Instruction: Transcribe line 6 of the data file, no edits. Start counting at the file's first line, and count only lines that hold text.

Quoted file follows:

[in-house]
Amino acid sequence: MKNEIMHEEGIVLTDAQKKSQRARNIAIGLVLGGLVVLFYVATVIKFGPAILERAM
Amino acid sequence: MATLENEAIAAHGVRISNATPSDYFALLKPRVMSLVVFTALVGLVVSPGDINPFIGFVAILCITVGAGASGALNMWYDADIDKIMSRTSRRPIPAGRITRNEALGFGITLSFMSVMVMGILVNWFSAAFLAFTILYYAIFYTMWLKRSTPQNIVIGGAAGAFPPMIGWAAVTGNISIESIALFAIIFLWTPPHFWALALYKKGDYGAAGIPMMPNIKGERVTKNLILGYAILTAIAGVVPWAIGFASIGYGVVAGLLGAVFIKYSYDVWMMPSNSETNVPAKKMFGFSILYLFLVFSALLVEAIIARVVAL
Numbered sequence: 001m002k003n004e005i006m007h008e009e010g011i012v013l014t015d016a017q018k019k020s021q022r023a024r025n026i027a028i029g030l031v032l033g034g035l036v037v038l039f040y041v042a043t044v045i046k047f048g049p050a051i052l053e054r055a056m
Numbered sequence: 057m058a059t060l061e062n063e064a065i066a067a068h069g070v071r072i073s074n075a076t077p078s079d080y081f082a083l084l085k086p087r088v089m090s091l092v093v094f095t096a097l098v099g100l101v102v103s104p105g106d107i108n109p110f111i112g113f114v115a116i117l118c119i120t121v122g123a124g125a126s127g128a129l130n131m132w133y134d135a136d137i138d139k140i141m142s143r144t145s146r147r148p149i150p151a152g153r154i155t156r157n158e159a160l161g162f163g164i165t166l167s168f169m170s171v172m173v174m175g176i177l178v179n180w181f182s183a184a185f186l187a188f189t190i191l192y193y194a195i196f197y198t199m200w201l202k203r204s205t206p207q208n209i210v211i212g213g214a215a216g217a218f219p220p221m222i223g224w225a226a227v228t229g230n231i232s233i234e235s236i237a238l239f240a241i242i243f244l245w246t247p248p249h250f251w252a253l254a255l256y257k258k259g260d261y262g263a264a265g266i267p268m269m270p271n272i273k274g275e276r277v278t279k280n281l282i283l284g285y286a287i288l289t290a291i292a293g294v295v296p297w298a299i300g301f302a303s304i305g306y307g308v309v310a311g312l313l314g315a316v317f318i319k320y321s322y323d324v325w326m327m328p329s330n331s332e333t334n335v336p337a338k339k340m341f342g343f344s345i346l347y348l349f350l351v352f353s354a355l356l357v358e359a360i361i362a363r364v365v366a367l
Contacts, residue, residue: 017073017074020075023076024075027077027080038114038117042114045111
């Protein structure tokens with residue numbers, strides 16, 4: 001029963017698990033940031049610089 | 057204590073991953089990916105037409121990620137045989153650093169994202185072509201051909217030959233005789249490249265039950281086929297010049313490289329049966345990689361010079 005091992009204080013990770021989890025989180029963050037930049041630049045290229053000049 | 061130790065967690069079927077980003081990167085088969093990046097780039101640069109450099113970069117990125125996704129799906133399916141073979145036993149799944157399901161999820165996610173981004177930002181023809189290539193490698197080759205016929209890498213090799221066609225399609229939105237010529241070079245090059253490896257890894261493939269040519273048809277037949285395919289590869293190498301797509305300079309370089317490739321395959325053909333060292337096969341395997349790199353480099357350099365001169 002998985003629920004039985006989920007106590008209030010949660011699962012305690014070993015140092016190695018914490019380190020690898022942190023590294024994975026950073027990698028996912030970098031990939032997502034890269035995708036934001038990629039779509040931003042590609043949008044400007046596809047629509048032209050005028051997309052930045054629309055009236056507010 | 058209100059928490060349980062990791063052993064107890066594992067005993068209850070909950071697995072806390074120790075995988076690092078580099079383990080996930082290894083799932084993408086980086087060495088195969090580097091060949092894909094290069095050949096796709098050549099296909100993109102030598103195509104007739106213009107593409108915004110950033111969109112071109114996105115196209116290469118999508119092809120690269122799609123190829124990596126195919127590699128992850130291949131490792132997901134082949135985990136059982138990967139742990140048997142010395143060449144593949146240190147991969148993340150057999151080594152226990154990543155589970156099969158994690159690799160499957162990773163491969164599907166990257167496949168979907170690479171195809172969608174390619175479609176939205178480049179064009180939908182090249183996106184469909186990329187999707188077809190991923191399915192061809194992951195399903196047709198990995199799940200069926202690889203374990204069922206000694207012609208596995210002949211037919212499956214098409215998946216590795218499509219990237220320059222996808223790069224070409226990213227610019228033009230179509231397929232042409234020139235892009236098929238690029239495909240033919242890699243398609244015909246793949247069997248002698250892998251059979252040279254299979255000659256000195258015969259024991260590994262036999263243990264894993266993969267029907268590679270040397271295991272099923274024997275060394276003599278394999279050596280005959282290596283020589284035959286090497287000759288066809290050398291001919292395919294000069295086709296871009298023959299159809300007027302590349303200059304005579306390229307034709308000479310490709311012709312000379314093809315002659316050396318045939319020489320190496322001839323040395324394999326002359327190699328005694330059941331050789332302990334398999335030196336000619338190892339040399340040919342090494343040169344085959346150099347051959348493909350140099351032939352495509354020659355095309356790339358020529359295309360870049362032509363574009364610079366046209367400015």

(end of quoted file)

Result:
Contacts, residue, residue: 017073017074020075023076024075027077027080038114038117042114045111